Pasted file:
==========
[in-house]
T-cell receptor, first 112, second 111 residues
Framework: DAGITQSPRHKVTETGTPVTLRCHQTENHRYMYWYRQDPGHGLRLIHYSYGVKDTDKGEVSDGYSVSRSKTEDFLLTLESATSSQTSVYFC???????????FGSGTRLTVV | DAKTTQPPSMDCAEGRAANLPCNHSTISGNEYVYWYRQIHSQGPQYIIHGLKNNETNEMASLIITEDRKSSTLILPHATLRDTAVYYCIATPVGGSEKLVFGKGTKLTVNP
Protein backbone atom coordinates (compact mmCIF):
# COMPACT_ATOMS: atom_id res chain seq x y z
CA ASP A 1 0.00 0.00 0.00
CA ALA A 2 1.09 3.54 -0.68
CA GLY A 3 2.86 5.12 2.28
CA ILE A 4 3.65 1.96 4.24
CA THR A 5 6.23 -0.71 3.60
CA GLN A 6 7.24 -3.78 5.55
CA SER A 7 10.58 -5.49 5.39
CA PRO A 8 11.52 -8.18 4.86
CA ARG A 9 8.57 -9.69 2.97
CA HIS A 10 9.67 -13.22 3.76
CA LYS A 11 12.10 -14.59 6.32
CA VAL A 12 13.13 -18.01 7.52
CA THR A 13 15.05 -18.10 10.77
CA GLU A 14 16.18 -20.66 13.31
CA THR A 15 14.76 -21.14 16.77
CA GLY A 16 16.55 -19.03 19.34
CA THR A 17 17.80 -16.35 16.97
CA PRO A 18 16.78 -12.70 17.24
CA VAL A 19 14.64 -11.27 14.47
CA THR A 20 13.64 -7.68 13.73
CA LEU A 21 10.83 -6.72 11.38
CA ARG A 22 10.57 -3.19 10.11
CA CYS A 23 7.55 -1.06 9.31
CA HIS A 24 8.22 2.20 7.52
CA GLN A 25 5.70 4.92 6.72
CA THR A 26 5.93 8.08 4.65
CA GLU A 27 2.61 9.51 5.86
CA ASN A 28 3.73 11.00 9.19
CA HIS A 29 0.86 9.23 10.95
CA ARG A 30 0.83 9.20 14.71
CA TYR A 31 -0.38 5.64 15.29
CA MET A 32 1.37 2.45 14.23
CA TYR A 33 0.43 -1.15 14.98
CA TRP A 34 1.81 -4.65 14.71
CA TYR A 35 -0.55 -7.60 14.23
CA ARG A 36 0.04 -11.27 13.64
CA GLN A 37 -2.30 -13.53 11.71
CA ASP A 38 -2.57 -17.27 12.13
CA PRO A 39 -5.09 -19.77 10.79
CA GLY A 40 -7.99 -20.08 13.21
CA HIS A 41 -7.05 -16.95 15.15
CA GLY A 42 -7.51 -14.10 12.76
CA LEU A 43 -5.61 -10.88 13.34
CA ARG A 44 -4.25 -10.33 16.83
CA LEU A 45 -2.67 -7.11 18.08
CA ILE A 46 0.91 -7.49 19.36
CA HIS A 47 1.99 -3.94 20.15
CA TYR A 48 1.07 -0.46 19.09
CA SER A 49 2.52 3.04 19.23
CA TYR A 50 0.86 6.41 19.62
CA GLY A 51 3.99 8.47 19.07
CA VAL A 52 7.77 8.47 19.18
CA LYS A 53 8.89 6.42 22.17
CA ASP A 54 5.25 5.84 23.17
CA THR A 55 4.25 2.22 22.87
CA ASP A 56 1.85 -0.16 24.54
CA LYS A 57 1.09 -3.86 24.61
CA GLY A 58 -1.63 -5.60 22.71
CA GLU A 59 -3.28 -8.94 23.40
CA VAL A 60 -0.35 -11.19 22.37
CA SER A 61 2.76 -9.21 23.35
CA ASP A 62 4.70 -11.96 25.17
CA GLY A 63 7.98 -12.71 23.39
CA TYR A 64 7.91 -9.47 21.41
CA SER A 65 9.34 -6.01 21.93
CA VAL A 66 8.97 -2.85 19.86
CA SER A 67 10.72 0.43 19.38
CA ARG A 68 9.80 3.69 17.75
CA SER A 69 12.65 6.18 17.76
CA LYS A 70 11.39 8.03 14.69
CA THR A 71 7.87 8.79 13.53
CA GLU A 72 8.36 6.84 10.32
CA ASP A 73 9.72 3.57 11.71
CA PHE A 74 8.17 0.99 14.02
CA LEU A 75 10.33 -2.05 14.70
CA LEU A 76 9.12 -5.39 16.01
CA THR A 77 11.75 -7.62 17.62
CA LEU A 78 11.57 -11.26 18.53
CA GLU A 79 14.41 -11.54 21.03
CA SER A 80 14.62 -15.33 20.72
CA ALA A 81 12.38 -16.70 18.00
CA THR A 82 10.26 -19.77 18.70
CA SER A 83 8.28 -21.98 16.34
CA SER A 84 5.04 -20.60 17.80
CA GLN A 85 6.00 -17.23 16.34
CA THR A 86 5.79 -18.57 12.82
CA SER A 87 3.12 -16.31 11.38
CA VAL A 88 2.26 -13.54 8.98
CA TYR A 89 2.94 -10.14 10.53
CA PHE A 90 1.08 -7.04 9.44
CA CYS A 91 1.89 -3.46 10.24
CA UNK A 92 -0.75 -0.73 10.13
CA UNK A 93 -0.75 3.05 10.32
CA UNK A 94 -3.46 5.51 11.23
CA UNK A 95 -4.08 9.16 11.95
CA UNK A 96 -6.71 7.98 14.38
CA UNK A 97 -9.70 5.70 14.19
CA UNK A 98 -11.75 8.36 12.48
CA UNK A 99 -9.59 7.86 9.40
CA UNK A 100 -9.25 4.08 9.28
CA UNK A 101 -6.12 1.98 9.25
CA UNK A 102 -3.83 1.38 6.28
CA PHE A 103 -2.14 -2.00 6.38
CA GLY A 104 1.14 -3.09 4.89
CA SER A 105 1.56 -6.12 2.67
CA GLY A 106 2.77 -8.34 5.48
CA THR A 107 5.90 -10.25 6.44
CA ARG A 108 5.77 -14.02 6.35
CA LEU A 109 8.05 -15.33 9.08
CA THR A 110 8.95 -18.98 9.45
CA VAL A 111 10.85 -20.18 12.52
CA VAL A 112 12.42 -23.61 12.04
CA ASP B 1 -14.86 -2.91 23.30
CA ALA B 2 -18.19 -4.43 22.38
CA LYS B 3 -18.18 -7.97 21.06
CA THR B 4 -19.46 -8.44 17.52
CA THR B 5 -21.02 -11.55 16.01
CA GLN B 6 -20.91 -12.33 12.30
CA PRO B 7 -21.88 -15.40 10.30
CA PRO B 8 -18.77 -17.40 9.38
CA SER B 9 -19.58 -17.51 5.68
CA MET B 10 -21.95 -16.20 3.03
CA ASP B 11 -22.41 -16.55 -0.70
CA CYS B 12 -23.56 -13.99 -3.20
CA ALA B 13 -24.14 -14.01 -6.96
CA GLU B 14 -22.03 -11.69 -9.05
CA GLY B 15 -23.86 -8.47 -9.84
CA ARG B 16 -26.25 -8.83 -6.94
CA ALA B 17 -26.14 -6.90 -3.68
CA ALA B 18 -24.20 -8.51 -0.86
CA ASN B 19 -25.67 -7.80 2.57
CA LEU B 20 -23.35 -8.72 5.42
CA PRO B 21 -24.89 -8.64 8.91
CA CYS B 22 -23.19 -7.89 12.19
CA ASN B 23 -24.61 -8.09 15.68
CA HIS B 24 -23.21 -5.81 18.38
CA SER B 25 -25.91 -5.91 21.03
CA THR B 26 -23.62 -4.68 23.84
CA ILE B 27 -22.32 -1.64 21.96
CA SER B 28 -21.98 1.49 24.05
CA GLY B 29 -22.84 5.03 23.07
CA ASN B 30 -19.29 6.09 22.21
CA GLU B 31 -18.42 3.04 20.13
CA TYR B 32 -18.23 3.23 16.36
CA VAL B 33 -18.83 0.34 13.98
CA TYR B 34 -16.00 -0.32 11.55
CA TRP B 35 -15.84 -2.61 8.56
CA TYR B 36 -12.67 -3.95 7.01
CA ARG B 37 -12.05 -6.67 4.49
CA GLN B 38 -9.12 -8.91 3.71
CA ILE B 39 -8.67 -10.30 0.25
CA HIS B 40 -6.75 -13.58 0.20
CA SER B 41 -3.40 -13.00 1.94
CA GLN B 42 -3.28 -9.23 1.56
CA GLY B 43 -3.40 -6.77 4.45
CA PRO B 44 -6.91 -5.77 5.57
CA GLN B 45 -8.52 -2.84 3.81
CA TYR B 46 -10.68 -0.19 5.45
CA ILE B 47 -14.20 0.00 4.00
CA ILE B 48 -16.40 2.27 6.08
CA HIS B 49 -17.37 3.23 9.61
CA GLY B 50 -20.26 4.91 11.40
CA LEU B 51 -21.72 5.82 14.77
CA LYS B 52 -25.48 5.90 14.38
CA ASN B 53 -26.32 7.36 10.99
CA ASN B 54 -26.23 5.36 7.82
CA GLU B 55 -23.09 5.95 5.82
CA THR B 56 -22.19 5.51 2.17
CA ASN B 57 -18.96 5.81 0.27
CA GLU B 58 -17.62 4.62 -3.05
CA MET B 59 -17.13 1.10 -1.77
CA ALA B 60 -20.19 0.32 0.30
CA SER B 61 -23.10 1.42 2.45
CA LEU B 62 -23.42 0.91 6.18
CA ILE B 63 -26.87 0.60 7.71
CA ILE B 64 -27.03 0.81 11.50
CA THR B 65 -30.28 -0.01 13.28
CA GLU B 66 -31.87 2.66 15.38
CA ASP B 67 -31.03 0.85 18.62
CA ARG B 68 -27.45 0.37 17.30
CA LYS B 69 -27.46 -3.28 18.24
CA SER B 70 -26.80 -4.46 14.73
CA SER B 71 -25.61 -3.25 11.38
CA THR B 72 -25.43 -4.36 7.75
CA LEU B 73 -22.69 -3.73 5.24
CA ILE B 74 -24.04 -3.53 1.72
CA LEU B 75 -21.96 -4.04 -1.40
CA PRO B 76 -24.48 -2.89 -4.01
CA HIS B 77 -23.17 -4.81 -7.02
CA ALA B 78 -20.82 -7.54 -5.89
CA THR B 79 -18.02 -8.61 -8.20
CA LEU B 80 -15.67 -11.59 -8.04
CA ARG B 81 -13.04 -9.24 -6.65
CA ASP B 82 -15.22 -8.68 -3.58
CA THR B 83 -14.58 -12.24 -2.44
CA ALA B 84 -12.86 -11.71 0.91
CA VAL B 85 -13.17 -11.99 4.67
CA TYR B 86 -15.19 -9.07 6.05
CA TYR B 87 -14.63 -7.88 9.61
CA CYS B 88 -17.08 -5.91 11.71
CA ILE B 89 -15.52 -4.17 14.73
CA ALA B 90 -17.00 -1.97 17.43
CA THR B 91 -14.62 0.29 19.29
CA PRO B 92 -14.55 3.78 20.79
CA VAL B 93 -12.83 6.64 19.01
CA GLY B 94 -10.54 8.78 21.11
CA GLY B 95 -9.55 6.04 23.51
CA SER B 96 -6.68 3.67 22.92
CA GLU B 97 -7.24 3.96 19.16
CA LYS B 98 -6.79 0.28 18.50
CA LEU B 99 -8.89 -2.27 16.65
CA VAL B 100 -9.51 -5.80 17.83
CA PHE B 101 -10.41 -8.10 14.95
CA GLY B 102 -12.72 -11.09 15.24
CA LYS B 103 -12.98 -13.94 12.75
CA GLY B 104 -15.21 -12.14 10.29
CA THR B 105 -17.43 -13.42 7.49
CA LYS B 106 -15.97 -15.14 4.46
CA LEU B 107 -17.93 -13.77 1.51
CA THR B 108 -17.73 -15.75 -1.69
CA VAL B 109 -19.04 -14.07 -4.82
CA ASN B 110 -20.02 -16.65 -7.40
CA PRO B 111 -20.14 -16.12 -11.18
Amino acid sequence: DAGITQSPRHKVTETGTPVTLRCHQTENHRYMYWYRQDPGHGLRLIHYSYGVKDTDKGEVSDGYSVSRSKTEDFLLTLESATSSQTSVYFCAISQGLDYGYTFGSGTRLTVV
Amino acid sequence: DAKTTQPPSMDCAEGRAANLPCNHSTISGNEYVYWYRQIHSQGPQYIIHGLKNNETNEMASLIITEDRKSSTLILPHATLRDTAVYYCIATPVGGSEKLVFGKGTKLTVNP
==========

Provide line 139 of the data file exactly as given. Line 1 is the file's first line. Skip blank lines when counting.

CA CYS B 22 -23.19 -7.89 12.19